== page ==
What does it mean for oil bears? In our opinion, nothing more than information that we can see one more upswing and a test of the 61.8% Fibonacci retracement and the previously-broken lower border of the blue rising trend channel, which is slightly above it. Such price action would be even in line with the commentary from our Tuesday’s alert.
Back then, we wrote that black gold remains below the previously-broken lower border of the black rising trend channel, which means that as long as there is no invalidation of the breakdown under this line all upswings will be nothing more than verifications of the earlier breakdown.
Additionally, when we look at the very short-term chart, the volume accompanying recent increases still raises some doubts about the strength of the demand side and increases the probability that reversal may be just around the corner.
Fundamental Factors and Black Gold
In our opinion, the pro-bearish scenario is also reinforced by the fundamental factors. Yesterday’s EIA data showed that the U.S. output remains above 10 million barrels per day, which keeps domestic production on track to meet the earlier estimate for an increase to 11 million barrels per day in late 2018. If American drillers will not let down, the U.S. will overtake Russia in crude oil production and become the largest global supplier. Such development will likely not please Saudi Arabia and may thwart OPEC efforts to reduce black gold’s stockpiles, increasing worries over another crude oil glut. In such an environment oil bulls could have problems keeping the price not only above $60, but also above the psychological barrier of $50.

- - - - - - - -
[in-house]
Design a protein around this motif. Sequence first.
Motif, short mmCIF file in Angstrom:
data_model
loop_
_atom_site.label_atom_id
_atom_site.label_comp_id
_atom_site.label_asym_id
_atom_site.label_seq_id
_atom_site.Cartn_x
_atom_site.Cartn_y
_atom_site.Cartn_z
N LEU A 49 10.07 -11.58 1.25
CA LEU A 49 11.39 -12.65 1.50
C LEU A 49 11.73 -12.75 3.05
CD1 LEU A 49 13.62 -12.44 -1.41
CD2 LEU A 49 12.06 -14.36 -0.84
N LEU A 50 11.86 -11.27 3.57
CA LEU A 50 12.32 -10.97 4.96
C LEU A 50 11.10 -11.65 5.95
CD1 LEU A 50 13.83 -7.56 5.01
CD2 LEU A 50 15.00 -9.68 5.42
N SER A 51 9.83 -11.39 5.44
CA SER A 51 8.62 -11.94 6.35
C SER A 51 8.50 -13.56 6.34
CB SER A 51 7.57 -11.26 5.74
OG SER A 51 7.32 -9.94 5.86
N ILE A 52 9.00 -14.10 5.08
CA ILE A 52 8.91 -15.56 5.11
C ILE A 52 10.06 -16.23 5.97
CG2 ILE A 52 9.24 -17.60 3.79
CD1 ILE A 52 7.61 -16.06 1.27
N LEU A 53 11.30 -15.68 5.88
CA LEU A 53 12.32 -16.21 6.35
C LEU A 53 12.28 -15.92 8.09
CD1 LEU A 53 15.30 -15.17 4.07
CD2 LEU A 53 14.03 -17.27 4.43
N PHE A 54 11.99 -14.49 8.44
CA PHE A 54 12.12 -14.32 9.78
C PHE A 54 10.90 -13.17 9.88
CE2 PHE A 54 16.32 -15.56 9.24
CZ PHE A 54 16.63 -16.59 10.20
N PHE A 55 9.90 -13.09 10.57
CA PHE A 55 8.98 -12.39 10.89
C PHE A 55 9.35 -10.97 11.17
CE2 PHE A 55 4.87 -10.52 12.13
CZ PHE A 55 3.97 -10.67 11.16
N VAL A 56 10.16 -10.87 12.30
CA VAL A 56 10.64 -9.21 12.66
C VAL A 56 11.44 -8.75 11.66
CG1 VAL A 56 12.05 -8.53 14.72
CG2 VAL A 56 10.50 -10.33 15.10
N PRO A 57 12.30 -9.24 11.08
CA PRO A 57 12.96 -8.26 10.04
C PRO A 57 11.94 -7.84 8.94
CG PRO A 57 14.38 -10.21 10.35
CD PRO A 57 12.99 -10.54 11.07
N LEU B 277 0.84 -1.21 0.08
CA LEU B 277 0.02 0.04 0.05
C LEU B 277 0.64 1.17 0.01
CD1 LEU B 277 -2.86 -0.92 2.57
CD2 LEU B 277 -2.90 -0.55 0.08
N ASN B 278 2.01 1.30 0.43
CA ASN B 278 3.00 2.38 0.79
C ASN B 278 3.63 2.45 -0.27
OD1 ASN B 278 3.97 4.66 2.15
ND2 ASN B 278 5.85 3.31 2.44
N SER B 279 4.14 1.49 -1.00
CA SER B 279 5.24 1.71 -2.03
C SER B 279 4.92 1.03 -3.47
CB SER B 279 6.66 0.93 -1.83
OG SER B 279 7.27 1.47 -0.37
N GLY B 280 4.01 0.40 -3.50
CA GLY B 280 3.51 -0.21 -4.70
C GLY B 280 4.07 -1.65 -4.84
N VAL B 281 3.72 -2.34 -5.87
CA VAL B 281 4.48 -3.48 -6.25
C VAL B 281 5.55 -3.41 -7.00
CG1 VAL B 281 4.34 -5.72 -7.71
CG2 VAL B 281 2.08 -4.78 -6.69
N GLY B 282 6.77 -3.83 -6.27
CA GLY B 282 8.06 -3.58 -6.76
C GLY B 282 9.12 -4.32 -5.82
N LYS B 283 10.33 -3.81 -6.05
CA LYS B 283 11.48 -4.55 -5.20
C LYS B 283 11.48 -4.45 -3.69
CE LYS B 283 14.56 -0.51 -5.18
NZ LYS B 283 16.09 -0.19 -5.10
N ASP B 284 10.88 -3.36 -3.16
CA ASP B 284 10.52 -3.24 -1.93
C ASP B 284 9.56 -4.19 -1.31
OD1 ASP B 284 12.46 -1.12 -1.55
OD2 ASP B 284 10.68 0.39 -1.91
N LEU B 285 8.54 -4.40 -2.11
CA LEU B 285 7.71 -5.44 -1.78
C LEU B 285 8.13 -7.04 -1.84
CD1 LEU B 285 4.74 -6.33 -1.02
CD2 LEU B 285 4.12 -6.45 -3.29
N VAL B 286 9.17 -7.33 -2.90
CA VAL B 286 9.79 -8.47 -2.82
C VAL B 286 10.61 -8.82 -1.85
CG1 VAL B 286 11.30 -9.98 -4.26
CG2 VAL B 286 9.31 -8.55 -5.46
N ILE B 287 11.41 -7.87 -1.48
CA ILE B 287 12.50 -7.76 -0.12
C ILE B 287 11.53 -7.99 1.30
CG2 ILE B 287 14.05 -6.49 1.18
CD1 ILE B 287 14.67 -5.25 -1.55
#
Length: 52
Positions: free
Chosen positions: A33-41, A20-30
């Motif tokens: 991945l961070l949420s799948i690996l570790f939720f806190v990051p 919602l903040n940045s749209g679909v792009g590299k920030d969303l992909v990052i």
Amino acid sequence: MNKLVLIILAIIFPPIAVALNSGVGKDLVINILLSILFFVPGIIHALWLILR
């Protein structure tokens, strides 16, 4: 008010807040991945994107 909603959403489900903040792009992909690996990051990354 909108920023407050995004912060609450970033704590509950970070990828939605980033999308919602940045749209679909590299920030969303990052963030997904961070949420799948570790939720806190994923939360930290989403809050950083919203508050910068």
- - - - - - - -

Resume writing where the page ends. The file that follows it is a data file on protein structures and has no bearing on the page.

Analyzing the current situation in the markets, we also came to the conclusion that the bulls will likely gain an additional enemy in the near future - the strengthening dollar.
As you know from our previous alerts higher values of the U.S. currency often weigh on prices of dollar-denominated commodities. For example, fuel imports for countries using other currencies become more expensive and potentially could even limit demand.
Taking the above ino account, we decided o take a closer look at the correlation between the black gold and the greenback.
Relationship Between Crude Oil and U.S. Dollar
Looking at the above chart, we see that higher values of the U.S. dollar do not always translate into lower prices of light crude. Such tendency we could see in the first half of 2017 and also between September and November (we marked them with grey). In the first of the above-mentioned periods the level of correlation dropped significantly, but it started to grow steadily in the second period, which resulted in a strong negative correlation in the following months.